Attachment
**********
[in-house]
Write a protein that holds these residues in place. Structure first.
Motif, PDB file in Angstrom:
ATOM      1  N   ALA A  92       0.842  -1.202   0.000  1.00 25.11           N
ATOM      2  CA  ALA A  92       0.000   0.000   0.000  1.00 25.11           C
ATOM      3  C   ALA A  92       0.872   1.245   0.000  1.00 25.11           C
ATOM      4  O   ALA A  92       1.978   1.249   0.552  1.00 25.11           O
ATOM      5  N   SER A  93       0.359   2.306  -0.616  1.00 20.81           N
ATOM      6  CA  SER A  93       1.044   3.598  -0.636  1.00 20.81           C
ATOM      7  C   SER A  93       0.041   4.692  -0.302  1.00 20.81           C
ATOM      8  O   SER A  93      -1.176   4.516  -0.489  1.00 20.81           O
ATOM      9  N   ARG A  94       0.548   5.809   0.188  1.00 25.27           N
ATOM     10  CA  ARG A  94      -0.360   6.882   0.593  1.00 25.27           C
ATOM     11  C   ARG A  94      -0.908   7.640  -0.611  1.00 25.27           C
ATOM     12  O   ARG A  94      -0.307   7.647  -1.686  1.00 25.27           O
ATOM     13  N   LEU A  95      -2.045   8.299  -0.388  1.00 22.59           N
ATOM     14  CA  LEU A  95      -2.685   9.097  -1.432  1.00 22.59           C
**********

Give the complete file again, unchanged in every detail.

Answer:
[in-house]
Write a protein that holds these residues in place. Structure first.
Motif, PDB file in Angstrom:
ATOM      1  N   ALA A  92       0.842  -1.202   0.000  1.00 25.11           N
ATOM      2  CA  ALA A  92       0.000   0.000   0.000  1.00 25.11           C
ATOM      3  C   ALA A  92       0.872   1.245   0.000  1.00 25.11           C
ATOM      4  O   ALA A  92       1.978   1.249   0.552  1.00 25.11           O
ATOM      5  N   SER A  93       0.359   2.306  -0.616  1.00 20.81           N
ATOM      6  CA  SER A  93       1.044   3.598  -0.636  1.00 20.81           C
ATOM      7  C   SER A  93       0.041   4.692  -0.302  1.00 20.81           C
ATOM      8  O   SER A  93      -1.176   4.516  -0.489  1.00 20.81           O
ATOM      9  N   ARG A  94       0.548   5.809   0.188  1.00 25.27           N
ATOM     10  CA  ARG A  94      -0.360   6.882   0.593  1.00 25.27           C
ATOM     11  C   ARG A  94      -0.908   7.640  -0.611  1.00 25.27           C
ATOM     12  O   ARG A  94      -0.307   7.647  -1.686  1.00 25.27           O
ATOM     13  N   LEU A  95      -2.045   8.299  -0.388  1.00 22.59           N
ATOM     14  CA  LEU A  95      -2.685   9.097  -1.432  1.00 22.59           C